Raising a glass to sustainability

The drinks industry is not the first sector you might think of when it comes to sustainability.

After all, it uses a lot of water, plastic and energy to produce products, which some might argue are not be totally necessary.

And in recent months, the bottled water industry has come in for some steep criticism in recent months, particularly over its penchant for single-use plastics.

But a recent event to mark World Water Day looked at how the drinks industry is striving to become more sustainable and environmentally friendly.

One of the speakers at the event at the London Edition was Patrick Gee, who is the founder of Llanllyr Source Water, which supplies bottled water and mixers to five star hotels and Michelin star restaurants from a farm in West Wales.

‘I have been in the business of putting water in bottles for 20 years,’ said Mr Gee. ‘Over those years, water companies have got a bad rap. People do not necessarily understand what we do. It’s a product that comes out of the ground and it should always be carbon neutral.

‘Every single water company that sells in the UK should be carbon neutral,’ he added.

Mr Gee said his company measures the movement of all raw materials into the company, all the energy used on the farm and business miles.

He added all that data is then collated every year and offset.

‘We could always do more and we strive every year to make some improvement,’ he added.

‘The wellbeing of the environment is core to our belief as farmers,’ he explained.

The basic rules for us are that we have no pesticide and we never overstock. Our belief is look after the soil, hedgerows and meadows and they will look after you.’

The bottled water comes straight from a borehole on the farm and Mr Gee said ‘at absolutely no point’ will the company ever extract more water than is coming in from the skies.

‘Water falls from the skies and either it will run off into the rivers or ditches, it will evaporate or it will percolate the ground,’ he told the event. ‘And that in turn becomes water we bottle.’

Mr Gee added the company is now looking to eliminate the use of PET plastic bottles and go back into aluminium cans.

‘We are in the process of developing an edible forest,’ added Mr Gee. ‘In 20 years time, the idea is we will have a natural laboratory for flavours and food, which can grow food for 12 months of the year to supply a family of five.’

He added they are currently in year three of developing the edible forest, which is occupying a four-acre site on the farm.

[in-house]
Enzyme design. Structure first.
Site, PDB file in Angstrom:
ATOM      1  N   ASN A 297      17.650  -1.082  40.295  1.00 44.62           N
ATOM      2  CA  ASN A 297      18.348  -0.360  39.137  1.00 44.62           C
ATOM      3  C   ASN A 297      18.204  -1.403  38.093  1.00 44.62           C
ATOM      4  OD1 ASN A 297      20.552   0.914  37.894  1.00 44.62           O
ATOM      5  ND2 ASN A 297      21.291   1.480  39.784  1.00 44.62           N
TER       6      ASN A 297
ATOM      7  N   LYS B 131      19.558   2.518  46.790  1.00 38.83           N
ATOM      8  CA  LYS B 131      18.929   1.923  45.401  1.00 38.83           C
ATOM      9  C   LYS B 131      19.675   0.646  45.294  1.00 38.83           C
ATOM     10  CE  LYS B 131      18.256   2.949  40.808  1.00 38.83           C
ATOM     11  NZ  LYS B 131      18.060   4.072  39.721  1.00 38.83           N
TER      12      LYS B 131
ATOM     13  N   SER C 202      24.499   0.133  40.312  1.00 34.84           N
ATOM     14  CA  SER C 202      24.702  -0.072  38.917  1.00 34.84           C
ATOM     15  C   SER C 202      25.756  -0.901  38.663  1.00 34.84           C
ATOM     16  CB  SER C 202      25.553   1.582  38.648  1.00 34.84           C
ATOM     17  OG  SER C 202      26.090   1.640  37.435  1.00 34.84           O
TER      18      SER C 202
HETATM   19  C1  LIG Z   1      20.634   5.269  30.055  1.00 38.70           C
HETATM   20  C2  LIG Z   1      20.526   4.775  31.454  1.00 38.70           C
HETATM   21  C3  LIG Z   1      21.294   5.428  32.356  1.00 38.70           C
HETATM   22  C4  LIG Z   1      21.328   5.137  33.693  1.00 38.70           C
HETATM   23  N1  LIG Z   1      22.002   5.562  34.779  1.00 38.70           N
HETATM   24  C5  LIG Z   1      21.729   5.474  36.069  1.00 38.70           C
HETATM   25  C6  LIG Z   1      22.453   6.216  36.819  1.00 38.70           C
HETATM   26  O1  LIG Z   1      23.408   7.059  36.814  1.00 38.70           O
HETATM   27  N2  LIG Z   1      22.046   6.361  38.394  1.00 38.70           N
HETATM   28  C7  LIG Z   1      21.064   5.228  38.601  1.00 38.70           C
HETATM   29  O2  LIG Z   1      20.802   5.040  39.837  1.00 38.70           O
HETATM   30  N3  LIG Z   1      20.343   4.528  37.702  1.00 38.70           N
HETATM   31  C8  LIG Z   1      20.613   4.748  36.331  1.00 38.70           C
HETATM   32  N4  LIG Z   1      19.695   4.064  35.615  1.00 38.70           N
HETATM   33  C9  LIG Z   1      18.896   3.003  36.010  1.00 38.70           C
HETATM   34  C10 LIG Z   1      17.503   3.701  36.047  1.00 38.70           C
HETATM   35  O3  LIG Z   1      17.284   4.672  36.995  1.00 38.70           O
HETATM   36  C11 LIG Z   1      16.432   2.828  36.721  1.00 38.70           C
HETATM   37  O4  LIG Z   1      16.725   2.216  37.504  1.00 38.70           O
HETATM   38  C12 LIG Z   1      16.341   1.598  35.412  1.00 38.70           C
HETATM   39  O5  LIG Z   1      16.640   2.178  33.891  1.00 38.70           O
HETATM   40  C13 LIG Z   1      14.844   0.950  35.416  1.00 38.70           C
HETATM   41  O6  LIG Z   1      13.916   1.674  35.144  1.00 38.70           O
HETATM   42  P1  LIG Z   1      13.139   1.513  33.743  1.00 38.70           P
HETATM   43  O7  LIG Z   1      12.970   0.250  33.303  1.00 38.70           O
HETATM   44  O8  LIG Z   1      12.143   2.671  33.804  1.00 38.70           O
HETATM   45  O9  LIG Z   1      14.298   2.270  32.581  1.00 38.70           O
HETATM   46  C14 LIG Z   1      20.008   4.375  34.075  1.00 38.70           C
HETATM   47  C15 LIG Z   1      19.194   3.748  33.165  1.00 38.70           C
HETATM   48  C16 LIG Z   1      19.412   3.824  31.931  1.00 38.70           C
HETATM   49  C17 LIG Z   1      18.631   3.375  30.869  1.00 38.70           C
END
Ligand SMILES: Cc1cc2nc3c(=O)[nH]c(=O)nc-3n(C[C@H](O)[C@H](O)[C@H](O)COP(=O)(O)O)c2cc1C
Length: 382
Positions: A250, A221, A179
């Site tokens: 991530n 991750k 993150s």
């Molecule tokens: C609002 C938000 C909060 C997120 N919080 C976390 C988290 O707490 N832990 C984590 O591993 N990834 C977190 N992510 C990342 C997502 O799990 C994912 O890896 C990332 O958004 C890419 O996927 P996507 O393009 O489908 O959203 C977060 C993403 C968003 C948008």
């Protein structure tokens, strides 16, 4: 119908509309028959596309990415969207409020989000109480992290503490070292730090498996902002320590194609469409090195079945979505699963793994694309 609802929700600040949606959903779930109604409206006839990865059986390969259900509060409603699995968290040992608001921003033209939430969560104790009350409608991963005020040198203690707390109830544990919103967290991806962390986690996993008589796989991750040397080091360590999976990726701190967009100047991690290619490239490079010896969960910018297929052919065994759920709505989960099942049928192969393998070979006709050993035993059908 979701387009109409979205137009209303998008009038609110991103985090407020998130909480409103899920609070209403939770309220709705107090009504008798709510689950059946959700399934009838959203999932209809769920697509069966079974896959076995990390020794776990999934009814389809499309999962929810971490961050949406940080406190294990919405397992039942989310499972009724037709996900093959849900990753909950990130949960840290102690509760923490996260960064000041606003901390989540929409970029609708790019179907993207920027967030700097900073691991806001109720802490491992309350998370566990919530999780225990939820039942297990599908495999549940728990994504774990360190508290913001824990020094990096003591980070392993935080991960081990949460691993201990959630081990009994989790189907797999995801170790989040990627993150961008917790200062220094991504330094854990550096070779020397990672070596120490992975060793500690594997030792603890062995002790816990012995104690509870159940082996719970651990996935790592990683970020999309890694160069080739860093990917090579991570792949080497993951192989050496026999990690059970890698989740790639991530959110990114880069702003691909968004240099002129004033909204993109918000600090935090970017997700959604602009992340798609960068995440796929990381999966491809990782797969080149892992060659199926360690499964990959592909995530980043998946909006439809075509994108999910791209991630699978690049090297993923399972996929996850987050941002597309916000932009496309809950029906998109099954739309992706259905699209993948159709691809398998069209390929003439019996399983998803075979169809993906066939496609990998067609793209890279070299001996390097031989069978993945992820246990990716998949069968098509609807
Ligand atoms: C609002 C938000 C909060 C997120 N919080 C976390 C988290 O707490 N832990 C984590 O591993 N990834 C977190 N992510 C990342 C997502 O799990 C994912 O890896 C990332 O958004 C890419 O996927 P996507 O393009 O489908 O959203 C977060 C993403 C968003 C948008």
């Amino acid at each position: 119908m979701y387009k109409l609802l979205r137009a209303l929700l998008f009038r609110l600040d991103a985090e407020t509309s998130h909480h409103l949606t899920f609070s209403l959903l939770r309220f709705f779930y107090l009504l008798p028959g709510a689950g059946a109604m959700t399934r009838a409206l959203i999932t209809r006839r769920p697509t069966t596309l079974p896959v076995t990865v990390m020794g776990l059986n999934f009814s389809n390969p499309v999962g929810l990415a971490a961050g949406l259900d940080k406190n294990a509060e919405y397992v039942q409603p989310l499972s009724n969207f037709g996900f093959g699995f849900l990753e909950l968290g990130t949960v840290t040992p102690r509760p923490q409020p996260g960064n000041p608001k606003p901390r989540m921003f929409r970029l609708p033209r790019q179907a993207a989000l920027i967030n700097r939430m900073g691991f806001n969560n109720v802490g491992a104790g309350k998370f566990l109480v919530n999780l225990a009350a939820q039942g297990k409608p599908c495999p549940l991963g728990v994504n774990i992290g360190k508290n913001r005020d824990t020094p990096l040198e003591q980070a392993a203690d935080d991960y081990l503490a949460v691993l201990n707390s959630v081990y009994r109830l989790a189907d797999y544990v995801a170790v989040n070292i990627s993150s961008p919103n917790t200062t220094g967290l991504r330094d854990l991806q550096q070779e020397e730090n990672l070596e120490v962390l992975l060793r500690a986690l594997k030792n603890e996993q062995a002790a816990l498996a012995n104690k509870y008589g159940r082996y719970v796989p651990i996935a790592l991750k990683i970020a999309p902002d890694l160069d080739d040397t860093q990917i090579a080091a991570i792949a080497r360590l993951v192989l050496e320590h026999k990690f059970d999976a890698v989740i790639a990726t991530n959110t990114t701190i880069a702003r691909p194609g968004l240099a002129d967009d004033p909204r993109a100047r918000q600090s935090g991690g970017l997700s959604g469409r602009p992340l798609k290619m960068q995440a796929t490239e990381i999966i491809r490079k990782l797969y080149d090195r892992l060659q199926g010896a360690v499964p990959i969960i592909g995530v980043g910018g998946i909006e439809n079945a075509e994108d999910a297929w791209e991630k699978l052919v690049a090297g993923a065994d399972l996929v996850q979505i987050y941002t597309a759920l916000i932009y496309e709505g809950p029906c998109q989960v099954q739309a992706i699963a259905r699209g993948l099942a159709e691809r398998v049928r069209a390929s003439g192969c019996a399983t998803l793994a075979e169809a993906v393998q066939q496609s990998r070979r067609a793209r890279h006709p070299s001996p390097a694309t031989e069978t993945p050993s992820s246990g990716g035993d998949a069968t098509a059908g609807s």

‘For us, farming is not what it was 20 or 30 years ago and there are a lot of people who are leaving rural communities. What we have is a business, which is supported by people in London buying our product which helps sustain employment where we are.’

Also speaking at the event was the Bob Clark, who is the head of sales at the Burton-based Freedom Brewery.

Mr Clark admitted the amount of water that is wasted in the brewing process can be ‘remarkable’ but added the industry is taking steps to limit the amount of water that is wasted.

‘Today, for every pint of beer made 4.4 pints of water have been wasted, which is unbelievable, but in 1990 that figure was 6.7 pints of water,’ he told the event.

‘If we were to start using better practices in breweries, we could expect that figure to go down to three pints,’ he added. ‘Should the whole industry reduce consumption by 10% then we could save 660 million litres in year and save the sector £2 million.’

Mr Clark added Freedom Brewery does not waste ‘one millilitre’ of water thanks to an anaerobic digestion pond on their site, which treats all biodegradable waste.

‘Even the water we use to clean the dishes after lunch gets recycled,’ he added.

The brewery also sends all its spent grain to local farmers.

‘Cows that eat spent grain emit 30% less methane as a result, so we are also saving the environment that way,’ he added.

And Mr Clark says Freedom Brewery uses an onsite borehole that runs 650 metres underground and provides them with some of the best water in the country to make beer.

‘In the history of brewing, Burton is a really important place,’ he said. ‘That’s why we moved there. It has legendary water. There’s a really high, sulphur-rich iron content in the water we have there.

‘There’s a whiff of sulphur you get naturally from the water source in the brewery. It’s called the “Burton snatch’. It’s terrible for making tea, but it’s amazing for making beer.

‘Every brewery outside of Burton will ‘Burtonise’ their water and use reverse osmosis to strip the minerals out of their water. Then they will add gypsum and salt to replicate the water we have as a natural source. By using reverse osmosis, you waste 25% of the water you are using to make the beer.’

‘All the paper we use in the brewery goes to bedding to the local farmers as well,’ added Mr Clark.

‘We try and do everything we can to be as sustainable as possible.’

Photo by Chris_Parfitt

 

Jamie Hailstone

Jamie Hailstone

journalist

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